creating an inner listener that acts as a join. A value listener works
best for the single event because value events work
really well when you’re synchronizing objects. And a child listener really
works well for the attendees because attendees is a
list, and child events work well for lists. And just like that, you’ve
gone from SQL to NoSQL with a Firebase Database. And that’s all for today. Tune into the next
lesson, where we’re going to take a look
at common SQL queries, and then convert
them to Firebase queries using Firebase SDK. So that’s all. I was see you all
in the next lesson. Thanks for watching our video. Yeah, we really appreciate it. You should watch
this video, too. And this one. Yeah. And make sure that
you subscribe. It’s really cool.

52 thoughts on “Converting SQL structures to Firebase structures – The Firebase Database For SQL Developers #2

  1. #AskFirebase Assuming that one User has attended many Events, how would I get all the Events one User had attended using the data structure that was shown in the video? Thanks! 🙂

  2. What in cases if user changes his data (username, city, etc)? It means that I need to loop through all json objects and change it?

  3. What if its the case where I have many events and not many attendees. Besides the event being lame, would it be better to opt for having the attendees put along with the events or is it better to have seperate them. Does requesting data from two locations constraint more in this case vs having all the data in one place.

  4. Am I right for an n:n relationships, we will need both EventUsers and UserEvents pathes to enalbe listing entities from both directions?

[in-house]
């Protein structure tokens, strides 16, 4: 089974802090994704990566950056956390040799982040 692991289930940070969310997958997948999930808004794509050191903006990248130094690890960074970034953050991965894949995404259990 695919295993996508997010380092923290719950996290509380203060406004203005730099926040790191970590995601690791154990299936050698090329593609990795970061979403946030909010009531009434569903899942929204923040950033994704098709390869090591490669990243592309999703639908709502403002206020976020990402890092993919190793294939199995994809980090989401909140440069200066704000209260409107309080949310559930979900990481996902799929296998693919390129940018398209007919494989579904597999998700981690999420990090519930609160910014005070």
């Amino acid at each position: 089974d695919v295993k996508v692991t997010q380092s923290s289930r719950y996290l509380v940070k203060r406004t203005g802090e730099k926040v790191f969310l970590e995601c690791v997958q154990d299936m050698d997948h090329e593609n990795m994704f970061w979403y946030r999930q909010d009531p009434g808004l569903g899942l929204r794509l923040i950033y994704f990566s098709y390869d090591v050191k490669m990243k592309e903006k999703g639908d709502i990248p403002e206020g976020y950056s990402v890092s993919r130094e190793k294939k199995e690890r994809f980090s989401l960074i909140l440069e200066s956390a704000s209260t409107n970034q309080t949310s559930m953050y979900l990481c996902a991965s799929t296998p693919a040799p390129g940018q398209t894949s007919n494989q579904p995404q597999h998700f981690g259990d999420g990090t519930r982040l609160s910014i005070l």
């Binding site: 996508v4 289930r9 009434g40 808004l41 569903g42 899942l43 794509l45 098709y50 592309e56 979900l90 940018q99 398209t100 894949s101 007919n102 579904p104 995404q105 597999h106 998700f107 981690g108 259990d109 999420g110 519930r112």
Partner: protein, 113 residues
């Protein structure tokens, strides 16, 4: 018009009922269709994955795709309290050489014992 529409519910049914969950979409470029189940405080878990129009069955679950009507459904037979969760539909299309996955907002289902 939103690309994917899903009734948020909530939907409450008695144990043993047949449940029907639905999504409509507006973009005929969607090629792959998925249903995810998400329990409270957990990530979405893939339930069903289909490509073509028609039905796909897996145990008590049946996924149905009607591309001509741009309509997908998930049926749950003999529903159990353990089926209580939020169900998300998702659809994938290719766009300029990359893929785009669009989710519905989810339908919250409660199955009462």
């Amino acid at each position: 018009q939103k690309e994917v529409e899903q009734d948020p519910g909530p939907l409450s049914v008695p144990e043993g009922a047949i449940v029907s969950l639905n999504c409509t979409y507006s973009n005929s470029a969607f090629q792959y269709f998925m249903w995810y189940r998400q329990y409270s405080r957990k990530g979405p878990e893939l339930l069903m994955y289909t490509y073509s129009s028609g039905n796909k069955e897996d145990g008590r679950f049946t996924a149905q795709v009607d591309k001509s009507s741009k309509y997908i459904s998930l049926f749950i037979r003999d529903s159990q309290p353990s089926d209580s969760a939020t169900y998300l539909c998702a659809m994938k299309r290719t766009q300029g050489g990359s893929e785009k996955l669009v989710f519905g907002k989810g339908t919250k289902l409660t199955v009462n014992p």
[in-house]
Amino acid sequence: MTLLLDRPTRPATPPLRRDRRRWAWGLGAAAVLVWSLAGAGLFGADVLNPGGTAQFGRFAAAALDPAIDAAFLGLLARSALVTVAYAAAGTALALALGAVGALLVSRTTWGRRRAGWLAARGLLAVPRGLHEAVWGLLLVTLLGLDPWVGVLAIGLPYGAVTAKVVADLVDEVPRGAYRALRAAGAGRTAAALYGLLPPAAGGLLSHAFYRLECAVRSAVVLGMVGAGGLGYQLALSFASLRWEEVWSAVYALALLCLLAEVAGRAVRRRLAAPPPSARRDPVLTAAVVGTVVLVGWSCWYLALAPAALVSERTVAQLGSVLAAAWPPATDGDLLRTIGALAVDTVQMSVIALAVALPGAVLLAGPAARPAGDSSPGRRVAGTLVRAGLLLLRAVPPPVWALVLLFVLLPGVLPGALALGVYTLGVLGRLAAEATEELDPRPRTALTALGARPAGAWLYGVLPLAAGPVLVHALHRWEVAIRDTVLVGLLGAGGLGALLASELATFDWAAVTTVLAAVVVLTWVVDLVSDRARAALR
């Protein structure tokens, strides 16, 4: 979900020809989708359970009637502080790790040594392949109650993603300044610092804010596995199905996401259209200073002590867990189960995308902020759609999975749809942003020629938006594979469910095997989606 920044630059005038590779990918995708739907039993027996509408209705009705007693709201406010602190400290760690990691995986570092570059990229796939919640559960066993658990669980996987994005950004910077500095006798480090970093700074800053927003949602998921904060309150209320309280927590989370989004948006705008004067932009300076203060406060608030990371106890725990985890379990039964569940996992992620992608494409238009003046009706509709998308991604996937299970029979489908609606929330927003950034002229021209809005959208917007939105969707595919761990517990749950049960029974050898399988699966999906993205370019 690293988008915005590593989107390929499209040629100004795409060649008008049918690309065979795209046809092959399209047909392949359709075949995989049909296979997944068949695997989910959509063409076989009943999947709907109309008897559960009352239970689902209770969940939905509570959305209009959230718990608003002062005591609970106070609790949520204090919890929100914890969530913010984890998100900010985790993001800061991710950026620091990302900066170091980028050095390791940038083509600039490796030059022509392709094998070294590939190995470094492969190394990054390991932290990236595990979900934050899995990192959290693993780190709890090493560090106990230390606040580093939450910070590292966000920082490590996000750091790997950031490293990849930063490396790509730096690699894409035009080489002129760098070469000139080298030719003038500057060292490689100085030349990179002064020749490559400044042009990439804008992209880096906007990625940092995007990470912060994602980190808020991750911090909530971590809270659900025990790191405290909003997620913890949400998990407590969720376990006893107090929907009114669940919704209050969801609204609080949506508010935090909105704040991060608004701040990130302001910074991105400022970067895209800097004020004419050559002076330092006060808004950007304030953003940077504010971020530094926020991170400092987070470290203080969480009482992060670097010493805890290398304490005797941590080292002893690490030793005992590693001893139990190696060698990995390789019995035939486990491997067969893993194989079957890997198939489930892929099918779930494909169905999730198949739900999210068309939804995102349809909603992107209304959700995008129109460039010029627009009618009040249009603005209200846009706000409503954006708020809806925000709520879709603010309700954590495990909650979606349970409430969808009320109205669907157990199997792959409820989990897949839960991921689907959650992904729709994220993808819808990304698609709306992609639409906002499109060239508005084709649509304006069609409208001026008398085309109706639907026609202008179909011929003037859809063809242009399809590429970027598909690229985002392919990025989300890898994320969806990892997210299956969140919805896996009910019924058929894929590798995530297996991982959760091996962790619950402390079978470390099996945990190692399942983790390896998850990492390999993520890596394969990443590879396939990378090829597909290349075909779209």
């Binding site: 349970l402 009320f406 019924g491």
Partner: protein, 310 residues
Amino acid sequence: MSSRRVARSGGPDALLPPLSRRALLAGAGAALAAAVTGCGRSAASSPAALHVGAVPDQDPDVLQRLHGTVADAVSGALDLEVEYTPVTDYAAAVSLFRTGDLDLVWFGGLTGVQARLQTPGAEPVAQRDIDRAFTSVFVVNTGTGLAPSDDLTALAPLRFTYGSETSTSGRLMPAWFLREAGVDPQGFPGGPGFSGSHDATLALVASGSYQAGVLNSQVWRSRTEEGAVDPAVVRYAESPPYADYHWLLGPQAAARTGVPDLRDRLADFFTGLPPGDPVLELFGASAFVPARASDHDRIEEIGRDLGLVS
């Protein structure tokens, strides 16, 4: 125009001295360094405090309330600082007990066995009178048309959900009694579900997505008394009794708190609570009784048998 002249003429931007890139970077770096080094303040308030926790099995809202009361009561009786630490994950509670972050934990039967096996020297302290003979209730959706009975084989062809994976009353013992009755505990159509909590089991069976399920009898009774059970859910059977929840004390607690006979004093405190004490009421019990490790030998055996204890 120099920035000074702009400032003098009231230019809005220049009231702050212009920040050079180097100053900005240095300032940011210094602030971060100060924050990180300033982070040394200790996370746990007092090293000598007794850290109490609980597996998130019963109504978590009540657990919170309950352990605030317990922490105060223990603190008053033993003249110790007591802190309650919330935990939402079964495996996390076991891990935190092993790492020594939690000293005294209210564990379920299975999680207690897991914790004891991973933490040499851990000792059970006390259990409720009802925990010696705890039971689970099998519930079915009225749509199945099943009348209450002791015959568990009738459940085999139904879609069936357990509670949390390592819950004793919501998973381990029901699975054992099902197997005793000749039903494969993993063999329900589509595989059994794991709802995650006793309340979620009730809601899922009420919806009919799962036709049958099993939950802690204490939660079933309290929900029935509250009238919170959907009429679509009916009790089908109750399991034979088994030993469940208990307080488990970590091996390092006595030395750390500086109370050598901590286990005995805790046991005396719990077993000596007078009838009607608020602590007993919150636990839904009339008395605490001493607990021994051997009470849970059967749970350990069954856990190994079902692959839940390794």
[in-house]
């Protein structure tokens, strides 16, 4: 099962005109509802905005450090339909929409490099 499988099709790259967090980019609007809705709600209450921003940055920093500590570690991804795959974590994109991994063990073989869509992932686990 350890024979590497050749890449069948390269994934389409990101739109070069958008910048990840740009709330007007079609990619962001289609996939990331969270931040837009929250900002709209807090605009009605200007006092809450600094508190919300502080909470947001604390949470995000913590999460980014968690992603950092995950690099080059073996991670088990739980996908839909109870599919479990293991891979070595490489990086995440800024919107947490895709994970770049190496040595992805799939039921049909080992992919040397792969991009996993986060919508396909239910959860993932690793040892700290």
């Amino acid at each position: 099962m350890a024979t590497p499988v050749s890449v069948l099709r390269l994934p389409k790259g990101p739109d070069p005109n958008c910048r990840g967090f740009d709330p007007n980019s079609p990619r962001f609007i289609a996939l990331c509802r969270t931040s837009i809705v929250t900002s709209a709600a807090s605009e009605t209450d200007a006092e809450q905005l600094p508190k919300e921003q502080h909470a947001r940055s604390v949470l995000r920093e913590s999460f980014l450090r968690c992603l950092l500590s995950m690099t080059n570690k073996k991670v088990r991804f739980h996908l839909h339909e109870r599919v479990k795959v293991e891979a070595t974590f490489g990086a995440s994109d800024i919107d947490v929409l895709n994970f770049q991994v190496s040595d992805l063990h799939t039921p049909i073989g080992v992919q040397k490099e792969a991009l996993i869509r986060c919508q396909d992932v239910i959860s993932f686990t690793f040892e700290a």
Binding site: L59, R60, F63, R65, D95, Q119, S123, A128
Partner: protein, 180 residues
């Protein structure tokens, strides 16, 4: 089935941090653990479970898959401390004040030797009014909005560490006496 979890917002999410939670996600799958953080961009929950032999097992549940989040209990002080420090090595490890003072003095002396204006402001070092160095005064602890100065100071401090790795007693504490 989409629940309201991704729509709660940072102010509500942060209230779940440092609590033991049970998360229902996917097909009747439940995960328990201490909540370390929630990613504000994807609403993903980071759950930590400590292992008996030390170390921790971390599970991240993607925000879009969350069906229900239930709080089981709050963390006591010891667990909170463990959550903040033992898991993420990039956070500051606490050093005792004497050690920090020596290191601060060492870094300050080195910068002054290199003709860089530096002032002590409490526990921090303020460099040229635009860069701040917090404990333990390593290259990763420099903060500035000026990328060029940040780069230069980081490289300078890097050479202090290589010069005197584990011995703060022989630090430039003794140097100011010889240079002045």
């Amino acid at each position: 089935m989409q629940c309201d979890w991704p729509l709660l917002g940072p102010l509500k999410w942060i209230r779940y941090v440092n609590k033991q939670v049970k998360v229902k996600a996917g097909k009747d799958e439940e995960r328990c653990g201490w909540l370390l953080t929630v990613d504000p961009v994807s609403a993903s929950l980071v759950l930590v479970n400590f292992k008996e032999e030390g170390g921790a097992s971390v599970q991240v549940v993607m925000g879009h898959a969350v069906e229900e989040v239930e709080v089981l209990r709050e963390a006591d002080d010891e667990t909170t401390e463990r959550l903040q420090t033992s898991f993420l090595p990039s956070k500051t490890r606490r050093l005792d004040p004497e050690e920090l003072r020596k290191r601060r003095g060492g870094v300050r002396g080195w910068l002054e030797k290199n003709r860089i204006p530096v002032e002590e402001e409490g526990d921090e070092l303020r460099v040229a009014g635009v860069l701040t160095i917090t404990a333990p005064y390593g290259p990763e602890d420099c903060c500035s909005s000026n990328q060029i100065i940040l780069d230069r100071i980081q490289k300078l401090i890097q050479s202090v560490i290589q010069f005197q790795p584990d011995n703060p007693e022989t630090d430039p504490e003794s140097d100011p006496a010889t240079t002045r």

5. I can be wrong, but this flexibility come with a maintenance nightmare (replications of data everywhere, need 1 root structure for every join that I need). I can't even think of it working on large team. I think I'm gonna stick with SQL databases and firebase only when I RLY need realtime requirement #RANT

  6. #AskFirebase as a browserify fan, it there any way of using firebase with npm/browserify? Tried to implement it, but got errors "firebase not found" until i put firebase script src to html file and then it was working. Thanks!

  7. #AskFirebase Does the server upload transfer data to realtime database counting in price? The price table describes GB downloaded. I do not understand the standard. Thanks!

  8. Another question how to work with information that get updated after they have been put in a relation.
    My application lists places. The details for each place can be updated any time. The users of my database can mark their favorites places. The ids for the places are stored in the user table as an object.
    – With an SQLdatabase, I would create a query to just select the place details for the stored IDs of favorites and get the data. Can I do something similar with Firebase?
    – Or should I store all details of a favorite place in the user database and update every instance of the place at every user when the details of the place are updated (it does not even feel right to ask the question)?

    Background: working with javascript and Polymer/polymerfire

  9. My main problem with this is i want to build an app with a very large collection of static data that is inherently and inexorably relational. The answer to "how do you have a foreign key in firebase" seems to be that, really, you just can't. The data will not resolve itself and you have to basically use naming conventions to simulate a foreign key. In a relational database foreign keys can be validated and ensured by the system itself, forbidding the insertion of an illegal key. In firebase it seems like one typo in a large dataset seems to mean you're going to be hunting for an awfully long time about what is spelled wrong. At least in MongoDB you can use the "$ref":{} notation. It's ugly and a pain, but it works.